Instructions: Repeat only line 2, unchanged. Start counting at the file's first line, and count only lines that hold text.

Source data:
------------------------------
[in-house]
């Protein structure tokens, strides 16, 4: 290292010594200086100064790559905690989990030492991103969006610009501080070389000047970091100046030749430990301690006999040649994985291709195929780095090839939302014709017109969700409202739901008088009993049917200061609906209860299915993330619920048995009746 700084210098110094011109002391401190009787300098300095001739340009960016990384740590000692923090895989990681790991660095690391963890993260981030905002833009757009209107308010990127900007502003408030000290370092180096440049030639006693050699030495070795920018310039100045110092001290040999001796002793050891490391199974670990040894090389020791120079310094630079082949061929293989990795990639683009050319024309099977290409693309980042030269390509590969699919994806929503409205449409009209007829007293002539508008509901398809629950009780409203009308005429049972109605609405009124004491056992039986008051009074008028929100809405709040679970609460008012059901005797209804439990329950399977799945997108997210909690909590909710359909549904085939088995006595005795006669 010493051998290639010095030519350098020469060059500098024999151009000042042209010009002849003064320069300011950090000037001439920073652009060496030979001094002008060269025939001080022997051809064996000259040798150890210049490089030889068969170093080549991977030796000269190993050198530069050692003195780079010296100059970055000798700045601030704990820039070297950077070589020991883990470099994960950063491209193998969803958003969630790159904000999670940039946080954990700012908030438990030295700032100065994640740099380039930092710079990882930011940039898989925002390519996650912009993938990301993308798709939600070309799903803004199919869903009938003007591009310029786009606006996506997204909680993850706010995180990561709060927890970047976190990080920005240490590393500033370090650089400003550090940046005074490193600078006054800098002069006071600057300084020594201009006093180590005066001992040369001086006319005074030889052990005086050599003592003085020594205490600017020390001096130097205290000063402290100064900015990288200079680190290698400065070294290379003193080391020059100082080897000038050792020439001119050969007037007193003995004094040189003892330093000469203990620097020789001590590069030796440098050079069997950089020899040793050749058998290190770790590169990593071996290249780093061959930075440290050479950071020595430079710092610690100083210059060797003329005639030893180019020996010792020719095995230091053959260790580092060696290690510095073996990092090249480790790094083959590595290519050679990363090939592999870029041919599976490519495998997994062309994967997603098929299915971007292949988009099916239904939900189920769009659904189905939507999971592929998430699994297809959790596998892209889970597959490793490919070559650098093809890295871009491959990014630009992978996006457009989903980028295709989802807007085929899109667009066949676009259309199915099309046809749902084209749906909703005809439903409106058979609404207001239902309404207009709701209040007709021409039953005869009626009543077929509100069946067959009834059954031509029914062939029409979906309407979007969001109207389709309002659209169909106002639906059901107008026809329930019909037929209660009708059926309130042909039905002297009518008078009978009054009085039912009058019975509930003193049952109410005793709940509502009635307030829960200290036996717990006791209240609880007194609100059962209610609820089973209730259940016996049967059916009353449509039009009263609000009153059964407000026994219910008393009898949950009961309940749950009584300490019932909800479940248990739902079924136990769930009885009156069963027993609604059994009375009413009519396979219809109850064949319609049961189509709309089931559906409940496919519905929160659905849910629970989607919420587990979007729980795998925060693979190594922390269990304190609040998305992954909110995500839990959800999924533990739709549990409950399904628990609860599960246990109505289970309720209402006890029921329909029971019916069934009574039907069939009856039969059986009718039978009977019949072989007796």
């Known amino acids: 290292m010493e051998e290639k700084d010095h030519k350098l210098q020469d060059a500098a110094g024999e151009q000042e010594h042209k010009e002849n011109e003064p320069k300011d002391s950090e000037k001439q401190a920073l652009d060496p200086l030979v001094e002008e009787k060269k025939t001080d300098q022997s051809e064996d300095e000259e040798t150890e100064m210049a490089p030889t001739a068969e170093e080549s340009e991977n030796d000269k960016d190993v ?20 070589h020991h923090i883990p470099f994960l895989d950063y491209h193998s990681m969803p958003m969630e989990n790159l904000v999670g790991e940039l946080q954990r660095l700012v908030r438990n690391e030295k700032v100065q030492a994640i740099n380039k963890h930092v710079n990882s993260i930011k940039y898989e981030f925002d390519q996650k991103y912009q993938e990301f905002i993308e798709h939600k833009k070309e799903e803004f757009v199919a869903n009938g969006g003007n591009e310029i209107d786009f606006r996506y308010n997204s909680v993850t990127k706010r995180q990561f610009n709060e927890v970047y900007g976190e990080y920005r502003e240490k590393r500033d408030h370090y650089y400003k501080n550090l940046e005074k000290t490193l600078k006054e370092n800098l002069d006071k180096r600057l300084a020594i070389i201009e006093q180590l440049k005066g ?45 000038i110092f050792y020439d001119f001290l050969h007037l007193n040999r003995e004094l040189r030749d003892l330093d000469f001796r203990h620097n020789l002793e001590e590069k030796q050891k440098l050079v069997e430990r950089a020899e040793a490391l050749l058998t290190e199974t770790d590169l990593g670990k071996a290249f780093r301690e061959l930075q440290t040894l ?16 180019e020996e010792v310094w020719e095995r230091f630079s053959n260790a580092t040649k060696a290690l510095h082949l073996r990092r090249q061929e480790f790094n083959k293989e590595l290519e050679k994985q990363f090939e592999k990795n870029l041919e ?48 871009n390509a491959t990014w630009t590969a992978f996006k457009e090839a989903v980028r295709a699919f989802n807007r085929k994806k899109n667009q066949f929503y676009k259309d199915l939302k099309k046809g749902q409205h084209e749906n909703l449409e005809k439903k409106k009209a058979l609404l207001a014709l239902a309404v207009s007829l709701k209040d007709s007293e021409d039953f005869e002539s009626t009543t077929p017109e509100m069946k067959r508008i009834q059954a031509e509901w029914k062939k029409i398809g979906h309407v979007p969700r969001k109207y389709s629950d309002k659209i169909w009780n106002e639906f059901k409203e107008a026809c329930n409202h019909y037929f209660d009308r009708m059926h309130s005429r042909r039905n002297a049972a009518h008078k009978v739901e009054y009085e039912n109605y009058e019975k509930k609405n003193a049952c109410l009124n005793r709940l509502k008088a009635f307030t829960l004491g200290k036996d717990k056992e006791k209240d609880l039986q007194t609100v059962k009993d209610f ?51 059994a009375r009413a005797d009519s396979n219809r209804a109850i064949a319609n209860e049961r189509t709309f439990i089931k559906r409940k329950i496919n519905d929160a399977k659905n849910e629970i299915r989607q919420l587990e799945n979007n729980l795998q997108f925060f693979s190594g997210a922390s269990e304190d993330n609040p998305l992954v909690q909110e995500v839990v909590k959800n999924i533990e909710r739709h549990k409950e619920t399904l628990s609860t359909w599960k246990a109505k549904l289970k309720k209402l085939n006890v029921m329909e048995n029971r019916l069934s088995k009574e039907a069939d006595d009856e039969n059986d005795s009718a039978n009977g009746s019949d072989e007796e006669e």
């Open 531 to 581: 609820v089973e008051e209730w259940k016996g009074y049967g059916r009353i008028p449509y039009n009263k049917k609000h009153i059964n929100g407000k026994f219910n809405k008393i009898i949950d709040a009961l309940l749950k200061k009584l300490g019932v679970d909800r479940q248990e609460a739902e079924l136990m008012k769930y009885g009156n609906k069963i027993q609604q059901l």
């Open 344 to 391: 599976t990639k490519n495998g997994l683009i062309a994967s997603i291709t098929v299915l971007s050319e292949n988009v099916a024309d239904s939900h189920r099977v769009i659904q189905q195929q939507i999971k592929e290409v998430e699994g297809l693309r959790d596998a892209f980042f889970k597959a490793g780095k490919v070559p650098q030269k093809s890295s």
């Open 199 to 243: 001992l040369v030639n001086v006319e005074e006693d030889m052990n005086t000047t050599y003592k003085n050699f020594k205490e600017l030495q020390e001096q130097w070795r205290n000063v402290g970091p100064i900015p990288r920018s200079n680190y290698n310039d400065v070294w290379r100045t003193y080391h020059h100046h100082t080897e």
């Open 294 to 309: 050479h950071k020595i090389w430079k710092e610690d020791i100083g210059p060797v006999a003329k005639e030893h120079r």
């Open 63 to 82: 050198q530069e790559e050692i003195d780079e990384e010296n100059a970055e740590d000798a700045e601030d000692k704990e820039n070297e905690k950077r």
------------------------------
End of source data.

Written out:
């Protein structure tokens, strides 16, 4: 290292010594200086100064790559905690989990030492991103969006610009501080070389000047970091100046030749430990301690006999040649994985291709195929780095090839939302014709017109969700409202739901008088009993049917200061609906209860299915993330619920048995009746 700084210098110094011109002391401190009787300098300095001739340009960016990384740590000692923090895989990681790991660095690391963890993260981030905002833009757009209107308010990127900007502003408030000290370092180096440049030639006693050699030495070795920018310039100045110092001290040999001796002793050891490391199974670990040894090389020791120079310094630079082949061929293989990795990639683009050319024309099977290409693309980042030269390509590969699919994806929503409205449409009209007829007293002539508008509901398809629950009780409203009308005429049972109605609405009124004491056992039986008051009074008028929100809405709040679970609460008012059901005797209804439990329950399977799945997108997210909690909590909710359909549904085939088995006595005795006669 010493051998290639010095030519350098020469060059500098024999151009000042042209010009002849003064320069300011950090000037001439920073652009060496030979001094002008060269025939001080022997051809064996000259040798150890210049490089030889068969170093080549991977030796000269190993050198530069050692003195780079010296100059970055000798700045601030704990820039070297950077070589020991883990470099994960950063491209193998969803958003969630790159904000999670940039946080954990700012908030438990030295700032100065994640740099380039930092710079990882930011940039898989925002390519996650912009993938990301993308798709939600070309799903803004199919869903009938003007591009310029786009606006996506997204909680993850706010995180990561709060927890970047976190990080920005240490590393500033370090650089400003550090940046005074490193600078006054800098002069006071600057300084020594201009006093180590005066001992040369001086006319005074030889052990005086050599003592003085020594205490600017020390001096130097205290000063402290100064900015990288200079680190290698400065070294290379003193080391020059100082080897000038050792020439001119050969007037007193003995004094040189003892330093000469203990620097020789001590590069030796440098050079069997950089020899040793050749058998290190770790590169990593071996290249780093061959930075440290050479950071020595430079710092610690100083210059060797003329005639030893180019020996010792020719095995230091053959260790580092060696290690510095073996990092090249480790790094083959590595290519050679990363090939592999870029041919599976490519495998997994062309994967997603098929299915971007292949988009099916239904939900189920769009659904189905939507999971592929998430699994297809959790596998892209889970597959490793490919070559650098093809890295871009491959990014630009992978996006457009989903980028295709989802807007085929899109667009066949676009259309199915099309046809749902084209749906909703005809439903409106058979609404207001239902309404207009709701209040007709021409039953005869009626009543077929509100069946067959009834059954031509029914062939029409979906309407979007969001109207389709309002659209169909106002639906059901107008026809329930019909037929209660009708059926309130042909039905002297009518008078009978009054009085039912009058019975509930003193049952109410005793709940509502009635307030829960200290036996717990006791209240609880007194609100059962209610609820089973209730259940016996049967059916009353449509039009009263609000009153059964407000026994219910008393009898949950009961309940749950009584300490019932909800479940248990739902079924136990769930009885009156069963027993609604059994009375009413009519396979219809109850064949319609049961189509709309089931559906409940496919519905929160659905849910629970989607919420587990979007729980795998925060693979190594922390269990304190609040998305992954909110995500839990959800999924533990739709549990409950399904628990609860599960246990109505289970309720209402006890029921329909029971019916069934009574039907069939009856039969059986009718039978009977019949072989007796």